Internet Piracy rules won’t work, says Husic


news Labor MP Ed Husic has published a lengthy article arguing new legislation and industry self-regulatory measures pushed by the Government will “do little” to resolve the issue of Internet piracy, arguing the issue is a market problem and needs to be addressed by focusing on bad corporate behaviour instead.

Last month the Federal Parliament passed the Copyright Amendment (Online Infringement) Bill 2015, legislation which will allow copyright owners to seek a court injunction which would force Internet providers to block websites which infringe their copyright. And the Australian Communications and Media Authority is currently considering an industry code developed by the Communications Alliance which would eventually see the details of alleged Internet pirates handed over to the content owners to pursue legal action against them.

A number of individual Labor MPs, including Husic, have spoken out against some of the measures, but broadly Labor has been supportive of the Government’s action on the issue, voting the legislation through Parliament and standing on the sidelines during the debate over the new industry code.

However, in a lengthy article for the new site The Labor Herald, Husic said the new measures would not have the intended effect of stopping Internet piracy.

“Since the Abbott Government’s been elected it’s been, to draw on a well-known phrase: tough on piracy – but not tough on the causes of piracy,” the Labor MP wrote “… legislative, bureaucratic hammers will do little to reform a market problem.”

Husic said it was access to content — in a convenient manner and at the right price — that would stop piracy.

“… as much as we should look at this issue through the eyes of a sector that is losing a lot of money through piracy, we should also look through the eyes of consumers who doing the right thing – properly buying content but being ripped off in the process,” he wrote. “Today’s Australians know the tyranny of distance has been virtually removed because of the internet.”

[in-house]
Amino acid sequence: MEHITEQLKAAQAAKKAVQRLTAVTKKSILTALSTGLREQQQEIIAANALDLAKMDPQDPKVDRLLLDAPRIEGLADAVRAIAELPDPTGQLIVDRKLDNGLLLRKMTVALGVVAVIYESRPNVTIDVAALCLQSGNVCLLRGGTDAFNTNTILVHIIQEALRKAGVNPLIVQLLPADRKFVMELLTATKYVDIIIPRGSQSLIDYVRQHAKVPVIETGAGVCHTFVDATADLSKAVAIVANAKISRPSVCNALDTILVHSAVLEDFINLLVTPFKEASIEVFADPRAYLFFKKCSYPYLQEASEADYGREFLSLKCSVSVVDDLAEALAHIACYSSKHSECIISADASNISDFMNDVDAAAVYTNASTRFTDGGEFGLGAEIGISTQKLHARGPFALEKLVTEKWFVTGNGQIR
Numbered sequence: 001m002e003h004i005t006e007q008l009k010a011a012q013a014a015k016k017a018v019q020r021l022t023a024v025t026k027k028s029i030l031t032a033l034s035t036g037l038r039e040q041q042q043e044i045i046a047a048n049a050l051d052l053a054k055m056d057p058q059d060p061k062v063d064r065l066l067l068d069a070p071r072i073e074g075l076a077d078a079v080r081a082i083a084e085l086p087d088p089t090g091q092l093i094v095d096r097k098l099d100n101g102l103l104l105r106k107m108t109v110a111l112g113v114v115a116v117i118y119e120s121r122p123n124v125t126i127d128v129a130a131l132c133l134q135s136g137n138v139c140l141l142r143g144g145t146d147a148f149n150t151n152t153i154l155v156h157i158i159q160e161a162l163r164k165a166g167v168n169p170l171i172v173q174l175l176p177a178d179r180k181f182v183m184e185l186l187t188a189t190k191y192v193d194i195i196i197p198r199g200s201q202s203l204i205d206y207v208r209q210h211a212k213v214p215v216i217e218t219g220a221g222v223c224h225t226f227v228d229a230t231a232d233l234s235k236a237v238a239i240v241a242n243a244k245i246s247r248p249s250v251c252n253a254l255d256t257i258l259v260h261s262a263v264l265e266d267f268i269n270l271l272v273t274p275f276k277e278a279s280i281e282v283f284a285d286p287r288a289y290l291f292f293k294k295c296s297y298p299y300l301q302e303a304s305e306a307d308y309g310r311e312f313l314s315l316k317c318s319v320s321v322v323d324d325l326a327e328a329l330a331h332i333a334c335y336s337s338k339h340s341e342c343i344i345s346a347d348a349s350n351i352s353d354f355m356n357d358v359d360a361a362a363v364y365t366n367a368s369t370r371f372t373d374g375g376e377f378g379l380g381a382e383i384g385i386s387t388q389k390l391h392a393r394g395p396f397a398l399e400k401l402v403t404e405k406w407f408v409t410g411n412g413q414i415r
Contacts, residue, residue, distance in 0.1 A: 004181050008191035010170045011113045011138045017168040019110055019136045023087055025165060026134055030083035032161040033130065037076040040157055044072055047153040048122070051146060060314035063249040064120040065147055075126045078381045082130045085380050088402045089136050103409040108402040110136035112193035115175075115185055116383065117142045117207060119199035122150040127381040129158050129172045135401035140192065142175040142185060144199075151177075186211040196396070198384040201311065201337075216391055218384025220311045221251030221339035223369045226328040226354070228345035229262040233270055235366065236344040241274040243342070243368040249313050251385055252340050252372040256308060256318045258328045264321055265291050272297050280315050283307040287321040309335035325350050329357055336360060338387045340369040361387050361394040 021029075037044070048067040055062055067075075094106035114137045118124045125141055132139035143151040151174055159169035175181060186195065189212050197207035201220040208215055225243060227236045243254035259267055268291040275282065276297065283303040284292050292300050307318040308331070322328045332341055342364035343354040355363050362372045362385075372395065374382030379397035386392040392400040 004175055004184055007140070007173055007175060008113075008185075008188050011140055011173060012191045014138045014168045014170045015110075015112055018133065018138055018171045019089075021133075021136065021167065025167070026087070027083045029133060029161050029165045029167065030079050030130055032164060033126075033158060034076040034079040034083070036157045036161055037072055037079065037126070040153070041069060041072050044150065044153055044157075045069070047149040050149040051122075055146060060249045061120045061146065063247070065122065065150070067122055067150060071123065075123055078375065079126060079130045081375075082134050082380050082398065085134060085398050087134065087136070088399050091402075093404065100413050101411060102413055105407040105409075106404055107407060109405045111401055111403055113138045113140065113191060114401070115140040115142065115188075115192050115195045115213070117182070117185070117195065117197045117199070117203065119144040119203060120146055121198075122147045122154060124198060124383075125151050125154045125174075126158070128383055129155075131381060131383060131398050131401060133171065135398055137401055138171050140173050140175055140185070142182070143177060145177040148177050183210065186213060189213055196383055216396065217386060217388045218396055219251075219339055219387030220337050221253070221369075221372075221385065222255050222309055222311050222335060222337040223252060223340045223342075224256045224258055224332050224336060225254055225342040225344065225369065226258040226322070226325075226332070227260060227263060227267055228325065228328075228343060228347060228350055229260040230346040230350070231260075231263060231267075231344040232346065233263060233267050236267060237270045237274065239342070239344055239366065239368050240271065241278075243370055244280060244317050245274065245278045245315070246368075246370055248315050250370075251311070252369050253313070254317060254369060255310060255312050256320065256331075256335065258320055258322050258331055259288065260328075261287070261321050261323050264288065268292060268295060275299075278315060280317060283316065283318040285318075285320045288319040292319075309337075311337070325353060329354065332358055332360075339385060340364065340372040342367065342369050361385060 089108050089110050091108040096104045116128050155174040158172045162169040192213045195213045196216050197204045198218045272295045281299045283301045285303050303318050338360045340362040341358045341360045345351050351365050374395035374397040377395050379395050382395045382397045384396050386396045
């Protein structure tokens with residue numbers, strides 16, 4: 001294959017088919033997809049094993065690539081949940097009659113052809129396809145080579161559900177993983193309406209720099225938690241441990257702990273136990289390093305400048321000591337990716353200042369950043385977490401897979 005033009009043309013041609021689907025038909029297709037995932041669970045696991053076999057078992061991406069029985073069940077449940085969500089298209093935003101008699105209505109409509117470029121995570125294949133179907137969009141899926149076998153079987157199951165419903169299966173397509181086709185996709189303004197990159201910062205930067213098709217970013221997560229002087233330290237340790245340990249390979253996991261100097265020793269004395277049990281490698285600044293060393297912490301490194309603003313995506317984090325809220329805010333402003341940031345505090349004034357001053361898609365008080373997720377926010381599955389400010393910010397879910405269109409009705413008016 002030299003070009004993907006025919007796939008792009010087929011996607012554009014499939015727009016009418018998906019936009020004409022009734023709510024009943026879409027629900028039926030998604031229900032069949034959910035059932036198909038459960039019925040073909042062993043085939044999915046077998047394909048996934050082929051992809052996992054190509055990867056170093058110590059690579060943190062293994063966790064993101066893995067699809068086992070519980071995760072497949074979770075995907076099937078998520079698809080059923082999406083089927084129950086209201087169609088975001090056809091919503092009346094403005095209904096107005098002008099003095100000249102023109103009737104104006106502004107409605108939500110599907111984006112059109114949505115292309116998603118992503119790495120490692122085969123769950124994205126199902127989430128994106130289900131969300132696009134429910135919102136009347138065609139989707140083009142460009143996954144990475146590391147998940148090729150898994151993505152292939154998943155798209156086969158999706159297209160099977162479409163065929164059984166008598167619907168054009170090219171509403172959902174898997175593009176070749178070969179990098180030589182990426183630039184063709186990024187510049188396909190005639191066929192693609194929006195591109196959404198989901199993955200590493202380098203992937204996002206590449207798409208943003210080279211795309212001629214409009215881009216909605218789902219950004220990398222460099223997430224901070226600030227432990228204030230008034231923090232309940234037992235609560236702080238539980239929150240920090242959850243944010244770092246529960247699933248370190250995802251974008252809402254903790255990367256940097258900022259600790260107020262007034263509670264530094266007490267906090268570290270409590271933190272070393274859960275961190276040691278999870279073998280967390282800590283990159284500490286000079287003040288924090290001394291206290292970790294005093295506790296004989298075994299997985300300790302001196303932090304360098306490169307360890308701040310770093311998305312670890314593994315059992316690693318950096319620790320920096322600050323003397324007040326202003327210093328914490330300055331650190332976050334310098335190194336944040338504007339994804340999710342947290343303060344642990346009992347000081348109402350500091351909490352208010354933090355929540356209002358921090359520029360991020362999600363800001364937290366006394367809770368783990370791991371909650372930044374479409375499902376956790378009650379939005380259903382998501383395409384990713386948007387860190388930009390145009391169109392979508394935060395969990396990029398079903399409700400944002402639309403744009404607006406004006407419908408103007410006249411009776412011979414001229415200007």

“Theoretically, the costs of physically getting a product to Australia, for example a DVD, have been eliminated – therefore the prices should drop considerably. But this hasn’t happened because many rights holders won’t pass these savings on to customers or free up the way consumers get content. As a result, some consumers turn to websites offering free, pirated material.”

Husic said it had been shown “repeatedly” that Australian consumers were willing to pay for products offered at a reasonable price and in a timely fashion, citing examples such as the highly popular streaming platforms Spotify and Netflix.

“Until this government and business gets tough on the causes of piracy it’s hard to see a long term, sustained reduction in piracy … If blue-collar workers can change, why can’t some of our big corporations do the same?” he asked.

Ed Husic might seem like a bit of a lone voice espousing these ideas within Labor, but we shouldn’t underestimate how much clout the MP has. He’s Shadow Parliamentary Secretary to the Shadow Treasurer Chris Bowen, holds the safe Labor seat of Chifley in Western Sydney, and has been influential in getting Labor to support a number of digital economy initiatives, including the IT price hike inquiry and Labor’s recent gradual support and understanding of the importance of the startup sector as an engine room for creating new economic activity and next-generation jobs.

Plus, Husic has a strong background in the union movement, having served as National President and Divisional Secretary level in the Communications, Electrical and Plumbing Union. And he’s also been a Whip when Labor was in Government.